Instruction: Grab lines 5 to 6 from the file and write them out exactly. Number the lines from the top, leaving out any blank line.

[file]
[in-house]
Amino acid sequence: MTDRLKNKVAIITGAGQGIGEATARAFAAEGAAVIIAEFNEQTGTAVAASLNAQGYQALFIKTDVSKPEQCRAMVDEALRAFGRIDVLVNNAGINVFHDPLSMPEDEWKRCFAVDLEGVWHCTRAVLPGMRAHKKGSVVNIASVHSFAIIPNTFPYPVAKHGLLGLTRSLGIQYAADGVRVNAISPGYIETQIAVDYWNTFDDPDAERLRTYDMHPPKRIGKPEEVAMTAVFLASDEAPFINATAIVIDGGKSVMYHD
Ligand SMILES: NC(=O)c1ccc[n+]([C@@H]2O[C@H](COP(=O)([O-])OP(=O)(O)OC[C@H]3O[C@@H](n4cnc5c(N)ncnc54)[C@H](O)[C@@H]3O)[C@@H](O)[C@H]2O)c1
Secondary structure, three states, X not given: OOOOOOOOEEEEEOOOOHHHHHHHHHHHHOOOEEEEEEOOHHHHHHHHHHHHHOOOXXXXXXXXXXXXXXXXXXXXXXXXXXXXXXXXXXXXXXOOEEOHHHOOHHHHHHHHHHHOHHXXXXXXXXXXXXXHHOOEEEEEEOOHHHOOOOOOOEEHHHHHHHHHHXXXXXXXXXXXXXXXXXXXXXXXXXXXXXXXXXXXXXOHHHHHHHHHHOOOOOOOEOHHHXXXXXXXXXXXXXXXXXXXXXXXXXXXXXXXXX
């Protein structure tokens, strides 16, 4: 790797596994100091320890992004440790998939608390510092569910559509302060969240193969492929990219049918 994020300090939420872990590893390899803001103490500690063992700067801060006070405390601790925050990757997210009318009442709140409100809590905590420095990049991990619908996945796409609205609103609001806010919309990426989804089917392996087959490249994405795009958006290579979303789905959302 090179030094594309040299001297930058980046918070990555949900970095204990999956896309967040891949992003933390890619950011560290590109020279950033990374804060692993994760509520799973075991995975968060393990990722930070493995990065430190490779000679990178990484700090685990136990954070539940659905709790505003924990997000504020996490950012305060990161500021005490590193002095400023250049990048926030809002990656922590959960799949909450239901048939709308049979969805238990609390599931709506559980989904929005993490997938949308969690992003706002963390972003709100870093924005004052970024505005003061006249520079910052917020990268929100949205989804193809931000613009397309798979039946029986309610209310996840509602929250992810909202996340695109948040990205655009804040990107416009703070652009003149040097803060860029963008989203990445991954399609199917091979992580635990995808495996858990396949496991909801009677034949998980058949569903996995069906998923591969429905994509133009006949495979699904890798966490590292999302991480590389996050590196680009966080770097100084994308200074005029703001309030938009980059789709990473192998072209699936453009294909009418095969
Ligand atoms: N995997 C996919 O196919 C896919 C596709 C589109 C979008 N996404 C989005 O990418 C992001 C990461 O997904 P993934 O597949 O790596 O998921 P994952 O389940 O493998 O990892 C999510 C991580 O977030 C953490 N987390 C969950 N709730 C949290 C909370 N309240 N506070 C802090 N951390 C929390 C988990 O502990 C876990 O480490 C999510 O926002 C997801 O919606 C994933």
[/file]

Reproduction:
């Protein structure tokens, strides 16, 4: 790797596994100091320890992004440790998939608390510092569910559509302060969240193969492929990219049918 994020300090939420872990590893390899803001103490500690063992700067801060006070405390601790925050990757997210009318009442709140409100809590905590420095990049991990619908996945796409609205609103609001806010919309990426989804089917392996087959490249994405795009958006290579979303789905959302 090179030094594309040299001297930058980046918070990555949900970095204990999956896309967040891949992003933390890619950011560290590109020279950033990374804060692993994760509520799973075991995975968060393990990722930070493995990065430190490779000679990178990484700090685990136990954070539940659905709790505003924990997000504020996490950012305060990161500021005490590193002095400023250049990048926030809002990656922590959960799949909450239901048939709308049979969805238990609390599931709506559980989904929005993490997938949308969690992003706002963390972003709100870093924005004052970024505005003061006249520079910052917020990268929100949205989804193809931000613009397309798979039946029986309610209310996840509602929250992810909202996340695109948040990205655009804040990107416009703070652009003149040097803060860029963008989203990445991954399609199917091979992580635990995808495996858990396949496991909801009677034949998980058949569903996995069906998923591969429905994509133009006949495979699904890798966490590292999302991480590389996050590196680009966080770097100084994308200074005029703001309030938009980059789709990473192998072209699936453009294909009418095969
Ligand atoms: N995997 C996919 O196919 C896919 C596709 C589109 C979008 N996404 C989005 O990418 C992001 C990461 O997904 P993934 O597949 O790596 O998921 P994952 O389940 O493998 O990892 C999510 C991580 O977030 C953490 N987390 C969950 N709730 C949290 C909370 N309240 N506070 C802090 N951390 C929390 C988990 O502990 C876990 O480490 C999510 O926002 C997801 O919606 C994933």